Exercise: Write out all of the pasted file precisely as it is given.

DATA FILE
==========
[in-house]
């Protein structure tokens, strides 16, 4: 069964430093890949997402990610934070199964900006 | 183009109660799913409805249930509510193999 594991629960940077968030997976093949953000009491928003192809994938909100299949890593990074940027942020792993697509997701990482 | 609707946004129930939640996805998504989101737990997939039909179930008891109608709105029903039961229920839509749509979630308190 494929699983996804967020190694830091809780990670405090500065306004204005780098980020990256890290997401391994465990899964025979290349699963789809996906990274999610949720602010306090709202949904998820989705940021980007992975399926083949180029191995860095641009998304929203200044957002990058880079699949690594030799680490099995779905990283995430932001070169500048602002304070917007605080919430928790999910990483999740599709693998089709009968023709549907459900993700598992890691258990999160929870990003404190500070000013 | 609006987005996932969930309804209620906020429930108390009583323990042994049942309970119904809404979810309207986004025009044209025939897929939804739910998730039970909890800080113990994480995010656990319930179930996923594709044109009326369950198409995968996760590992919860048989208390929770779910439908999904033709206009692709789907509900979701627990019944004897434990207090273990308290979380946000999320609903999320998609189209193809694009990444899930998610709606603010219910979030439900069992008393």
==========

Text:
[in-house]
């Protein structure tokens, strides 16, 4: 069964430093890949997402990610934070199964900006 | 183009109660799913409805249930509510193999 594991629960940077968030997976093949953000009491928003192809994938909100299949890593990074940027942020792993697509997701990482 | 609707946004129930939640996805998504989101737990997939039909179930008891109608709105029903039961229920839509749509979630308190 494929699983996804967020190694830091809780990670405090500065306004204005780098980020990256890290997401391994465990899964025979290349699963789809996906990274999610949720602010306090709202949904998820989705940021980007992975399926083949180029191995860095641009998304929203200044957002990058880079699949690594030799680490099995779905990283995430932001070169500048602002304070917007605080919430928790999910990483999740599709693998089709009968023709549907459900993700598992890691258990999160929870990003404190500070000013 | 609006987005996932969930309804209620906020429930108390009583323990042994049942309970119904809404979810309207986004025009044209025939897929939804739910998730039970909890800080113990994480995010656990319930179930996923594709044109009326369950198409995968996760590992919860048989208390929770779910439908999904033709206009692709789907509900979701627990019944004897434990207090273990308290979380946000999320609903999320998609189209193809694009990444899930998610709606603010219910979030439900069992008393």